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Subject: Re: Mola mola migrations
From: Rodney Rountree <[log in to unmask]>
Reply-To:Scientific forum on fish and fisheries <[log in to unmask]>
Date:Sat, 19 Aug 2000 15:25:08 -0400

text/plain (36 lines)


I have always wondered if sunfish floated on their sides to either mimic
floating flotsam for predator avoidance or to attract prey.  A lot of
oceanic fishes are attracted to flotsam, jellyfish, and large slow moving
animals for various reasons ranging from predator protection, prey
attraction, supernormal schooling companion, shade, etc..  Coral snakes have
been described as mimicking flotsam to prey on the attracted fishes.  A
number of fishes are known to float on their sides to mimic flotsam (e.g.,
trippletail, leatherjackets, wreckfish), but often this is a juvenile
behavior.  Adult mola obviously are not mimicking mangrove leaves!  The few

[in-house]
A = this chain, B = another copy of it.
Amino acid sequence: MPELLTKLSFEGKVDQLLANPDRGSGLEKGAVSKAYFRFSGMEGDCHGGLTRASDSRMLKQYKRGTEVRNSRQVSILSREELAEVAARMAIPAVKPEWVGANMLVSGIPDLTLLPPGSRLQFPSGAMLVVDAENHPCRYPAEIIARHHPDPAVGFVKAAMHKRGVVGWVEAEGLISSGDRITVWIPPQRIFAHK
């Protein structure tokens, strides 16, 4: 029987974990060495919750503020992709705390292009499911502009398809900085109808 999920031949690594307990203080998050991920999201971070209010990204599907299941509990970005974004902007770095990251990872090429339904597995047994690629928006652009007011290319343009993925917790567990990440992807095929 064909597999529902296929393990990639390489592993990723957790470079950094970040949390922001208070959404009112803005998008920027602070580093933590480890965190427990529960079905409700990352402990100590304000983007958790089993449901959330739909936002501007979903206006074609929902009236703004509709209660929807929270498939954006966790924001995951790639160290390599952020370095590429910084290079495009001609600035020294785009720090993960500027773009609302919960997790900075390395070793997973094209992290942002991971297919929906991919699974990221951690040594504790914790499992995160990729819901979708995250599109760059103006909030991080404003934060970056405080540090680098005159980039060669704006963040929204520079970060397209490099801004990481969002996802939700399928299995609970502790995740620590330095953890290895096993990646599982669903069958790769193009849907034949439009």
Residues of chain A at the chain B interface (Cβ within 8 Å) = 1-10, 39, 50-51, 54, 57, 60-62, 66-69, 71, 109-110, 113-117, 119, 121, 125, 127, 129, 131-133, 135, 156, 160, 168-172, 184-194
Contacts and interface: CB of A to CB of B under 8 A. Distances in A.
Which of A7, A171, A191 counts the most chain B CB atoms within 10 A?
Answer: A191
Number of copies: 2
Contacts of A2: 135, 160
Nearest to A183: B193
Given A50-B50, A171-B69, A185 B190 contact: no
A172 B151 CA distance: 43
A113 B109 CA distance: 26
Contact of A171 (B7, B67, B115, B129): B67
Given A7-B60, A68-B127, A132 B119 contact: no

descriptions of Mola diets that I'm aware of describe primarily jellyfish
prey, so Mola is not likely to use the behavior to attract fishes.  However,
I still suspect that the behavior is normal and does not result from
"chilling" in northern waters.  The few times that I've seen Molas they at
first behaved as described but upon close approach righted themselves and
swam rapidly off.  A colleague of mine swears that he has seen adult Mola
breaching off Long Island.

Rodney Rountree, Ph.D.
Adjunct Assistant Professor
Dept. Natural Resources Conservation
48 Oregon Rd.
Mashpee, MA 02649
(508) 477-5140
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